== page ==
Recovering from Setbacks

Bad news beset two major players in the neurotechnology industry this month. Market leader Medtronic Neuromodulation received a warning letter from the FDA related to the company’s process of handling complaints. The company acted quickly to assure the market it would work with the FDA to resolve the matter.

Perhaps more ominous was Cochlear Ltd.’s announcement of its financial results, which showed a decline in revenues for fiscal year 2012. Many of us in the industry and the trade press have come to take for granted Cochlear’s steady growth in both unit sales of cochlear implants and sales revenue from year to year. Cochlear total revenues for 2012 were A$779 million, down 4 percent from last year. Although the company points out that revenues were actually up by 1 percent when expressed in terms of common currency, the fact that unit sales of cochlear implants declined 6 percent to 23,087 in 2012—a first for the company—points up the magnitude of the problem.

Most of Cochlear’s shortfall in 2012 is attributable to a recall of its Nucleus CI500 device in September of 2011 [NBR Sep11 p5]. Aside from the hit to the company’s image that the recall caused, about 1,000 units were destocked in the Americas region alone. All told the company took a A$139 million writedown as a result of the recall.

In an open letter to the Australian Sock Exchange this month, Cochlear CEO Chris Roberts reported that 4.2 percent of Nucleus CI500 devices failed at an average time to failure after implantation of 9.3 months. Roberts attributed the failure to a loss of hermeticity, which resulted in the malfunction of components, most likely one of the diodes in the implant. The company noted that a majority of the bad devices were manufactured in the first quarter of 2011, suggesting that the problem was not perpetuating.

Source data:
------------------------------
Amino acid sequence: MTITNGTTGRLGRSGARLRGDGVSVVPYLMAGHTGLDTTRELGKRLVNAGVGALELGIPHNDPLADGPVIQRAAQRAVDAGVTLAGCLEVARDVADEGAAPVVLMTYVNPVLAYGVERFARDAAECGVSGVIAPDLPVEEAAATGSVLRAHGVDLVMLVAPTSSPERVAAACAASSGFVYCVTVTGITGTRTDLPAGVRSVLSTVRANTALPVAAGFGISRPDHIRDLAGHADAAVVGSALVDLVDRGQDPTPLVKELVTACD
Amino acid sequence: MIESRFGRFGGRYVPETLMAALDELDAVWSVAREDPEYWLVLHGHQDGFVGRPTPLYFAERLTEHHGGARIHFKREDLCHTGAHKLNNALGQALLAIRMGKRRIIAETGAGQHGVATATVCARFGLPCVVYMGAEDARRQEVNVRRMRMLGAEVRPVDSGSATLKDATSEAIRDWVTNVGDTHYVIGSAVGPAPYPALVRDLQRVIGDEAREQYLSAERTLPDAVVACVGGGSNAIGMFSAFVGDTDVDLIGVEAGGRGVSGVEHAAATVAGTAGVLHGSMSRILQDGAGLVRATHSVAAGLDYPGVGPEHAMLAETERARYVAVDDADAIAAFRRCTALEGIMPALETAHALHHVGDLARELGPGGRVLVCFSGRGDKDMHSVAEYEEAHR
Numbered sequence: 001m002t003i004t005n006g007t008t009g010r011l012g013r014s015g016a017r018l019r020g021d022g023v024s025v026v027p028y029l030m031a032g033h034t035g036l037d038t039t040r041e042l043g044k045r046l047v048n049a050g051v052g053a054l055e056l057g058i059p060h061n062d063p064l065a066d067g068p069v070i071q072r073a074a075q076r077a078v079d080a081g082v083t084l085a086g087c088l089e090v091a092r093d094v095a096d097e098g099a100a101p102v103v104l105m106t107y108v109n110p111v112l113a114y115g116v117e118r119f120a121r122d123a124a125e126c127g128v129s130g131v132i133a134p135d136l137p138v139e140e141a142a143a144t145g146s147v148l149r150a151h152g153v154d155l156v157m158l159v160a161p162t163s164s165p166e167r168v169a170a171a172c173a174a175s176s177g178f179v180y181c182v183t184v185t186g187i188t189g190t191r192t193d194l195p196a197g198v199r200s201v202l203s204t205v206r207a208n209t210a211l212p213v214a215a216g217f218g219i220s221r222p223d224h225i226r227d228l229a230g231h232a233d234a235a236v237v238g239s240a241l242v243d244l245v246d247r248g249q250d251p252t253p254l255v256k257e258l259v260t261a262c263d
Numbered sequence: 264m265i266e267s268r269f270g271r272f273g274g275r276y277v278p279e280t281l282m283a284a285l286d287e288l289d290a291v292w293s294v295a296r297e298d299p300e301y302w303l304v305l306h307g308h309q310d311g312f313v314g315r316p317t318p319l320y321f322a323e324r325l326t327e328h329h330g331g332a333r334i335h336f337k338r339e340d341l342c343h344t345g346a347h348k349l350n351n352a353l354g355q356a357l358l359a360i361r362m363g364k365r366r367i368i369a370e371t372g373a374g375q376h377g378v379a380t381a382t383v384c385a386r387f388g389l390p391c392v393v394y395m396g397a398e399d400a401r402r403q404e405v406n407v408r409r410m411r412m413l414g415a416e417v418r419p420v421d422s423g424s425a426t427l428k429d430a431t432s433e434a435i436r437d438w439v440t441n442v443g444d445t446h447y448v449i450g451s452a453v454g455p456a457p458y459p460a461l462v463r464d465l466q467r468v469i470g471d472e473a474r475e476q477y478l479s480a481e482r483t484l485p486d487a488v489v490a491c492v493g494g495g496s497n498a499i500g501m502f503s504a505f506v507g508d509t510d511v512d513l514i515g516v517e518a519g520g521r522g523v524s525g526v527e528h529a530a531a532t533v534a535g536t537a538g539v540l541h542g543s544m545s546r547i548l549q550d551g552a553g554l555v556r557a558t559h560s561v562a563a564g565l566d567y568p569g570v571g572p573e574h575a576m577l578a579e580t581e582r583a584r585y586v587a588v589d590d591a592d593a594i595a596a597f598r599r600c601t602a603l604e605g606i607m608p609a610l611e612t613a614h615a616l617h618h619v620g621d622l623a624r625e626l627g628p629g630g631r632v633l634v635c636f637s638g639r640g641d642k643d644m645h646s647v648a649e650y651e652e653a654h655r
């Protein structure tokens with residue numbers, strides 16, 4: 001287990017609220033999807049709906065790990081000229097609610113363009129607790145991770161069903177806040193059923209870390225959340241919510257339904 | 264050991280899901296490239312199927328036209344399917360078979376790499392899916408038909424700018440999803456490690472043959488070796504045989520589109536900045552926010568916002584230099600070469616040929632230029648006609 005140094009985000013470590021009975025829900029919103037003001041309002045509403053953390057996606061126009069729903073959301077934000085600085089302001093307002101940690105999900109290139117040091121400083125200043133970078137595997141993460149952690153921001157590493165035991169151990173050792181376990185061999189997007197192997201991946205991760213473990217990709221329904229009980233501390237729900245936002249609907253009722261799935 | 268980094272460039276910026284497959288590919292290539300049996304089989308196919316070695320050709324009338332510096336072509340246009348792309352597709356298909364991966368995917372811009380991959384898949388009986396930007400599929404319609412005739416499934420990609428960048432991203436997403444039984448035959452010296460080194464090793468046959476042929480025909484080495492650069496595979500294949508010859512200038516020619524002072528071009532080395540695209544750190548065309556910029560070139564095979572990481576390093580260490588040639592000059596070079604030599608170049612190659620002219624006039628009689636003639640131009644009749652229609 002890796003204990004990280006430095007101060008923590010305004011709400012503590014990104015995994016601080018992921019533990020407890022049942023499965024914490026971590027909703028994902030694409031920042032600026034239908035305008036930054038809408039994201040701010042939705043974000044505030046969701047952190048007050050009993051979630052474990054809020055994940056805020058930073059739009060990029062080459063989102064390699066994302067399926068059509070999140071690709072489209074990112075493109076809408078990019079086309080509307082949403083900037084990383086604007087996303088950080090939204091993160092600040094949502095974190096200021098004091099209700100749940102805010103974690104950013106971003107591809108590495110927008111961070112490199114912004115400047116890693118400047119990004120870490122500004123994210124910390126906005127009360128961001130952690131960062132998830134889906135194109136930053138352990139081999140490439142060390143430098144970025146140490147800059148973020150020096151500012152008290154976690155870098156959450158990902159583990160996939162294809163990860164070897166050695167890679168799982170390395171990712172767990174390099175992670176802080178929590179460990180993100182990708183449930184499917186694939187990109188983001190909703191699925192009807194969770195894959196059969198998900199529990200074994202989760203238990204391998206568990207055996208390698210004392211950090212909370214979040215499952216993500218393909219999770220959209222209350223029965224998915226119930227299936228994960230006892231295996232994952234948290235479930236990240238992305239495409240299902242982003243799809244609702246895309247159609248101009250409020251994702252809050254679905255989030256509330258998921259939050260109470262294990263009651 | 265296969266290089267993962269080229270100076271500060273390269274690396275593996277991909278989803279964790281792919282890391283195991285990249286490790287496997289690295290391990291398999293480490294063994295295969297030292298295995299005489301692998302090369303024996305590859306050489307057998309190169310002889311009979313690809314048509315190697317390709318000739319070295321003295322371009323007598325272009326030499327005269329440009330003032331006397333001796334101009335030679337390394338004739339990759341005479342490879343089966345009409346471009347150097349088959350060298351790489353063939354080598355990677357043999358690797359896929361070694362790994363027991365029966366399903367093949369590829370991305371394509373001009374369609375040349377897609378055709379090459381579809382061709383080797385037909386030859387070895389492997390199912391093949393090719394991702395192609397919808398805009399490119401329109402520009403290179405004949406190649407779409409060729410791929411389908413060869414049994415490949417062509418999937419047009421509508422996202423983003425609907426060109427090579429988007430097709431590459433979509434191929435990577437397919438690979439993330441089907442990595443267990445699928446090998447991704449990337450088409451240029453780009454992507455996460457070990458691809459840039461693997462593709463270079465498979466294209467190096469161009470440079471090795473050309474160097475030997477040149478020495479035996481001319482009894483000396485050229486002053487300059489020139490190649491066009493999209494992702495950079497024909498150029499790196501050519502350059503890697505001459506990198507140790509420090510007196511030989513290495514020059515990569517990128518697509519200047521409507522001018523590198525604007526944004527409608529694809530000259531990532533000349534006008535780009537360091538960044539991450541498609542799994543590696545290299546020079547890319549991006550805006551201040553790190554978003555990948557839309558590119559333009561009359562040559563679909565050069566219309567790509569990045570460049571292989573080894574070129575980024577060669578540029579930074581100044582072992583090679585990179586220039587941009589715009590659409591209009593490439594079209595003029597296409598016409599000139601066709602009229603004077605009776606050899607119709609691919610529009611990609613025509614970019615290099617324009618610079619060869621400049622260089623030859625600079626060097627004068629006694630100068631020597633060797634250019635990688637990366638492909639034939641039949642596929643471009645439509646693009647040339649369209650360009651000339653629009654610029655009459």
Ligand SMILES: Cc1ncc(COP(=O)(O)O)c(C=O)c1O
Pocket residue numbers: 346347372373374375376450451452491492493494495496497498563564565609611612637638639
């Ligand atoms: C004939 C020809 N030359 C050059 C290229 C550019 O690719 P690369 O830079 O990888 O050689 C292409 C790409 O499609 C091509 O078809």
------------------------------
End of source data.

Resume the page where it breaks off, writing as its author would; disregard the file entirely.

Roberts said that both the U.S. FDA and the European Competent Authorities had notified the company that all necessary actions had been completed with respect to return of the unimplanted CI500 devices.

Both the Medtronic warning letter from the FDA and the Cochlear recall of its CI500 devices represented bad news for the neurotechnology industry, especially given that the problems affected two of the largest players in the market. But when a vendor makes an effort to address a problem head-on and provides accurate and honest information to regulators, customers, and the media, this mitigates the long-term damage that might otherwise result.

Of course it’s in the interest of all neurotech device manufacturers to put as much thought into the manufacturing process up front to minimize the chance that product defects will materialize in the first place.

James Cavuoto
Editor and Publisher



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